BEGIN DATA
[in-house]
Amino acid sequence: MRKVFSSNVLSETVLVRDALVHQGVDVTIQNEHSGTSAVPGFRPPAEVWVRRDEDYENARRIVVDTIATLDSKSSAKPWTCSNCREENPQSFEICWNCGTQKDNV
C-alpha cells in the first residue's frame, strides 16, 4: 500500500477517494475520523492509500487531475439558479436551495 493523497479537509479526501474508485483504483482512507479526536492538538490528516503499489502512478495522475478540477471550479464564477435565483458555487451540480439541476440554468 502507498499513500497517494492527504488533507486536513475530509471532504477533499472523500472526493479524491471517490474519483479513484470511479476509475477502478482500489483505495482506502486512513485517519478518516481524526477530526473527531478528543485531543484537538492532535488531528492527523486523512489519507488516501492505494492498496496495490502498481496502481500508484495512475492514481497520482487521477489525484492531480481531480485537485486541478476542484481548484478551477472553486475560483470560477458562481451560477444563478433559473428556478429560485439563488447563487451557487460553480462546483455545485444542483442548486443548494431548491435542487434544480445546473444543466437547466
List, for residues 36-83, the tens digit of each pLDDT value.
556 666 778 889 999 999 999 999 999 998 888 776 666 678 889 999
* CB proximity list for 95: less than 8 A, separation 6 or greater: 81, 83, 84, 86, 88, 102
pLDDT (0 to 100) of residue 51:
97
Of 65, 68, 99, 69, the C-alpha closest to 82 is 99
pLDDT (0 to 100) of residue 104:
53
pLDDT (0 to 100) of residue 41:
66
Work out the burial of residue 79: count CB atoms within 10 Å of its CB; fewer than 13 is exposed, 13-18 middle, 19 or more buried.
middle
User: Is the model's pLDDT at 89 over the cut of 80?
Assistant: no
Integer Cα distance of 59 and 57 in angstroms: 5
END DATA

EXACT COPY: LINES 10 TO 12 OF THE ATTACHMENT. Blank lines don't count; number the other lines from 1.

pLDDT (0 to 100) of residue 104:
53
pLDDT (0 to 100) of residue 41: